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Koko, Gorilla Who Learned Sign Language, Dies

Woodside, California —(Map)

Koko, a gorilla who learned to speak with signs and made the world look at animals in a different way, has died. The gorilla was 46 years old when she died in her sleep.

Koko became very famous for the things she could do.
She took this picture of herself for the cover of National Geographic in 1978.

Koko’s full name was “Hanabi-ko”, which means “fireworks child” in Japanese. She was given that name because she was born on the 4th of July. But for most of her life, she was simply called Koko.

Koko was just a baby when she met Francine Patterson and began working with her. Ms. Patterson was a young psychologist (a scientist who studies the mind), and was interested in working with animals. After Koko became sick, Ms. Patterson began taking care of her.

This gorilla is a western lowlands gorilla like Koko.
This gorilla is a western lowlands gorilla like Koko.
(Source: Jiel, from Wikimedia Commons.)

When Koko was 1, Ms. Patterson began teaching her. She spoke to her out loud in English, but also began teaching her to “speak” using a special kind of sign language. Sign language allows people to share their ideas by moving their hands, and is often used by deaf people.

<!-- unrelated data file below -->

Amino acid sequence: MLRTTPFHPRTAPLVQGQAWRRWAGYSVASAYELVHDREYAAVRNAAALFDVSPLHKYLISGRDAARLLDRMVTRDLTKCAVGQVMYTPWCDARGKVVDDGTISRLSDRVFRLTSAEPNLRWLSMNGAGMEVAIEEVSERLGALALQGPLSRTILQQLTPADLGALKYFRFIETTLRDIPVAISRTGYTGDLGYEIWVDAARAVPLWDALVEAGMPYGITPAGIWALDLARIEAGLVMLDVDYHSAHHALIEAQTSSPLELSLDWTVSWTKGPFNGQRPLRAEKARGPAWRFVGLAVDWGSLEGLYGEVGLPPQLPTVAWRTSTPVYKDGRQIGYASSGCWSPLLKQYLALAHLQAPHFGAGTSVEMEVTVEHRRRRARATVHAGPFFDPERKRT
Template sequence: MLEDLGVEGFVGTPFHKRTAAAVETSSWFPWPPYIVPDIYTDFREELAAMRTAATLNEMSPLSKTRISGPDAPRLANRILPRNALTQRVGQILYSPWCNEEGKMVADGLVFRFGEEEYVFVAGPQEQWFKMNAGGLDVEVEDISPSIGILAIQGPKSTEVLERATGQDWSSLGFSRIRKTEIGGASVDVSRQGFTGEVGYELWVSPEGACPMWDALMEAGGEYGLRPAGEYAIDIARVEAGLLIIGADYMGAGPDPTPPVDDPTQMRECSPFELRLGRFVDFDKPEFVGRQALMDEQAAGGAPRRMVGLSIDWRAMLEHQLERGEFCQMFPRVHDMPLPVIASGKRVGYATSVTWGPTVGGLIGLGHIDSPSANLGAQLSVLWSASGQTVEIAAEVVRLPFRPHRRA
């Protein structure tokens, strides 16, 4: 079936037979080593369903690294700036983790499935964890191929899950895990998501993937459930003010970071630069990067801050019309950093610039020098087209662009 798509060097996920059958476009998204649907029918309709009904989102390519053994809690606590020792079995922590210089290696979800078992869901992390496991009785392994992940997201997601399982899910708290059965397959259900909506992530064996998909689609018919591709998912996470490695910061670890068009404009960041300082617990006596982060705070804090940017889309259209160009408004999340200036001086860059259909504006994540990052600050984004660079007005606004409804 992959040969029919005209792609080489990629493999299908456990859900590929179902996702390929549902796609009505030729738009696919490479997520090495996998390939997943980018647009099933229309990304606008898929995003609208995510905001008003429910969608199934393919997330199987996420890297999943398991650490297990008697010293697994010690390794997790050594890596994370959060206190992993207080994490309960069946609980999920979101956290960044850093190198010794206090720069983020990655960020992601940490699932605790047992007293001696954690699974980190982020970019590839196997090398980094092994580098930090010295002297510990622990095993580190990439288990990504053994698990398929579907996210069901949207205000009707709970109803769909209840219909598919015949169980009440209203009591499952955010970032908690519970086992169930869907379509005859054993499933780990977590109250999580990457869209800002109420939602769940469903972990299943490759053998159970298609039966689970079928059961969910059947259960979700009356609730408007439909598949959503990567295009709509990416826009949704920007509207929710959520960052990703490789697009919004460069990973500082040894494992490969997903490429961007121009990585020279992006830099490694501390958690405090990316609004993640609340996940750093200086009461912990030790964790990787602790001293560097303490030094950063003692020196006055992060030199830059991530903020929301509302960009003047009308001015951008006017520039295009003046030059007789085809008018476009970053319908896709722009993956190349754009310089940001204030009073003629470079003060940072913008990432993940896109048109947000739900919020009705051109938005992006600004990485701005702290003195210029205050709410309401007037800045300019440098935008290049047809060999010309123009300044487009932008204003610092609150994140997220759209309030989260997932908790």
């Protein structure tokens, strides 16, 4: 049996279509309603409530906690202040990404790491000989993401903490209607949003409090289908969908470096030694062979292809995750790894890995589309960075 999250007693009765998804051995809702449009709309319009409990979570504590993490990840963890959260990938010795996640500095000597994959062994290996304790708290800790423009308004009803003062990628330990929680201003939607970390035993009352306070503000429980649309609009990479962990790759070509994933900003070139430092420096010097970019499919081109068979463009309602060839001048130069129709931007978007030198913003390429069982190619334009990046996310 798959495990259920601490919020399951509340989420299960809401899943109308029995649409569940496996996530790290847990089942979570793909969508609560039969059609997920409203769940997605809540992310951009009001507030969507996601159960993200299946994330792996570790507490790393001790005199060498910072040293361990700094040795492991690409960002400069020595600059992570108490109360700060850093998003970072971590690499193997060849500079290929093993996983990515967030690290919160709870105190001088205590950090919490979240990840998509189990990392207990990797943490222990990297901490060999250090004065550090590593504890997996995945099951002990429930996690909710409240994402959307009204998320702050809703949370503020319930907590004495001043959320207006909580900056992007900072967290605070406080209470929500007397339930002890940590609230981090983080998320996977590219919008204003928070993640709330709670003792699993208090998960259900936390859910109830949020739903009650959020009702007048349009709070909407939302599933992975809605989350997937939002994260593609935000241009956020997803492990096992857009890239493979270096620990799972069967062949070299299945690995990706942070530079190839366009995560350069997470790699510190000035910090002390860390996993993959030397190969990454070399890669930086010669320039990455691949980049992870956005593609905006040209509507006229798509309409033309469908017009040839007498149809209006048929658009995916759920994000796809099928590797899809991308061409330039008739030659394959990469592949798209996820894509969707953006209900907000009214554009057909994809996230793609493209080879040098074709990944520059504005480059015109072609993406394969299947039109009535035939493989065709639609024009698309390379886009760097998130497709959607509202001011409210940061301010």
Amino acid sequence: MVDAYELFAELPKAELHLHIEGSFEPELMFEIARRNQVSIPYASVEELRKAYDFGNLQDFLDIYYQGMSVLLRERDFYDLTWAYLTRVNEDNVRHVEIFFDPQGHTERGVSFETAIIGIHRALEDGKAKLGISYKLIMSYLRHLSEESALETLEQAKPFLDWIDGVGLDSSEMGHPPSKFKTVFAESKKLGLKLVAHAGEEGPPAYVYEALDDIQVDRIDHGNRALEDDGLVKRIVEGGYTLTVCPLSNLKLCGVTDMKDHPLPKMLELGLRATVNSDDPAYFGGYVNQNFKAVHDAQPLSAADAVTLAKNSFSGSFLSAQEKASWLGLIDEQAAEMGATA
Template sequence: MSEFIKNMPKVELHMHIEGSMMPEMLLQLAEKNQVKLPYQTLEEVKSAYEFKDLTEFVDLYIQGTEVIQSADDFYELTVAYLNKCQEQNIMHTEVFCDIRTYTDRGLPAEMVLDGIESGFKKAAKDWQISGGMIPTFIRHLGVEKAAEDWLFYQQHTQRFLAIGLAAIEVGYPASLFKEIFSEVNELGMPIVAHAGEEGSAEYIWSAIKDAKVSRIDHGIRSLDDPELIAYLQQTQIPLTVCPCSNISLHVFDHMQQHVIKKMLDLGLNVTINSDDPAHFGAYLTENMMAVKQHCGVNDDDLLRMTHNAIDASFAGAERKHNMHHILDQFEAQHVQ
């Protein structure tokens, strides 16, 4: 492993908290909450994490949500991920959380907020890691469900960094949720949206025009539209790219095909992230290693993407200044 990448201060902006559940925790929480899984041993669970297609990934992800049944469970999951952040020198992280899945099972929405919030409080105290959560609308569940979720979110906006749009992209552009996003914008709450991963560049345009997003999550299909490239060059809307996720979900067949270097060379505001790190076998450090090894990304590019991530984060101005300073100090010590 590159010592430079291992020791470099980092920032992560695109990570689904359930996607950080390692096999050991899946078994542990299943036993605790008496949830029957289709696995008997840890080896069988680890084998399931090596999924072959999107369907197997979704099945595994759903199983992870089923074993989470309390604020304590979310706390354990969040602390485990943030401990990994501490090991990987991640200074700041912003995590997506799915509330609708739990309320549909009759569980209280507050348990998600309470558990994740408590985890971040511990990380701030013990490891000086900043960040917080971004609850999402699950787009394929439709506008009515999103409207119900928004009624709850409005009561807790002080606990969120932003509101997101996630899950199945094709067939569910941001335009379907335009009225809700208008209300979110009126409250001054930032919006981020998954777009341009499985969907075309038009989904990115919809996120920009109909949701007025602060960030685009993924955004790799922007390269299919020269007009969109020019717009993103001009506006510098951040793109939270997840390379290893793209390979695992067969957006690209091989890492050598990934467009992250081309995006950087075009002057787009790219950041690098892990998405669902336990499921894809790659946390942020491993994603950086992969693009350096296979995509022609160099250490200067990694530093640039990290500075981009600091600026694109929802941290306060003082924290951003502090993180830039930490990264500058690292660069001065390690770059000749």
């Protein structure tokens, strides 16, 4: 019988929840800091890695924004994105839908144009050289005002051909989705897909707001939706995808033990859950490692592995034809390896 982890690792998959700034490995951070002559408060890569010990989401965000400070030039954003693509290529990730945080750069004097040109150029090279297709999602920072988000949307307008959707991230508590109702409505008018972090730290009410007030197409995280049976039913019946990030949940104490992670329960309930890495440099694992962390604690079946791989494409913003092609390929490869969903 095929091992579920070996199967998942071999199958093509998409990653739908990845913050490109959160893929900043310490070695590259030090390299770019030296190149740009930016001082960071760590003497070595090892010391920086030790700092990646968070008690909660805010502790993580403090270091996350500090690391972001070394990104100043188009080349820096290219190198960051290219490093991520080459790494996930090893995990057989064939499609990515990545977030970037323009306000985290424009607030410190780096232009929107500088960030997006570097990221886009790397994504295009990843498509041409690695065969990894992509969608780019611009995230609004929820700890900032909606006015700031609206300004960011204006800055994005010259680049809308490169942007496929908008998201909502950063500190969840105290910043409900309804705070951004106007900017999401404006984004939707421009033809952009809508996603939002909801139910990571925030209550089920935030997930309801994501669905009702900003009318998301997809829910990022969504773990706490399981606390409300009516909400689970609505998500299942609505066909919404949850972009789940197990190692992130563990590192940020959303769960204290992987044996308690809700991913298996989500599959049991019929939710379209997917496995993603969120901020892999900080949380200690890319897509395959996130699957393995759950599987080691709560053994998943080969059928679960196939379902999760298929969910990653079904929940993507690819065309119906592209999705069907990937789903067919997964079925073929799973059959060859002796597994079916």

By the time she was 4, Koko had learned about 170 words in sign language. She did not use words in the same way that humans use them, but Ms. Patterson and many people at the time believed that Koko was able to share her ideas by putting the words together in ways that seemed to have meaning. Over time, Koko learned about 1,000 different signs.

A boy shows how to say, "What's up?" in sign language.
A boy shows how to say, “What’s up?” in sign language.
Koko understood about 1,000 signs.
(Source: Positivesigner, from Wikimedia Commons.)

If she didn’t have a sign for a word, Koko seemed to be able to make up new signs or put other words together in new ways. For example, she didn’t know the word “ring”, and so she called it a “finger bracelet”.

Koko liked cats. In 1984, when she was 13 years old, Koko was allowed to have a cat as a pet. She took care of the cat, which she called “All Ball”. Later, All Ball escaped and was hit by a car. There is a film of Ms. Patterson talking with Koko about what happened to All Ball. “Cat, cry, have-sorry, Koko-love,” Koko signed. The idea that animals had feelings and could share them was a new and surprising one.

Koko loved cats. She named her kitten All Ball.

Besides sign language, Koko also understood about 2,000 words of English. In 2012 Koko learned to play a musical instrument called a recorder, which surprised many people. Scientists say that Koko was about as smart as a young child.

Koko was very playful, and enjoyed spending time with people. She became very famous for the things she could do and was visited by many famous people. Mr. Rogers and Robin Williams both visited her.

Koko met with many famous people, such as Robin Williams.
Koko met with many famous people, such as Robin Williams.
(Source: via Wikimedia Commons.)

Scientists are still studying ways that gorillas and other apes can be taught to use language. People disagree about whether apes really understand what they are saying when they are using language.

But Koko made humans think about animals in a different way than we had before. In a way, Koko taught us as much about humans as she did about animals.


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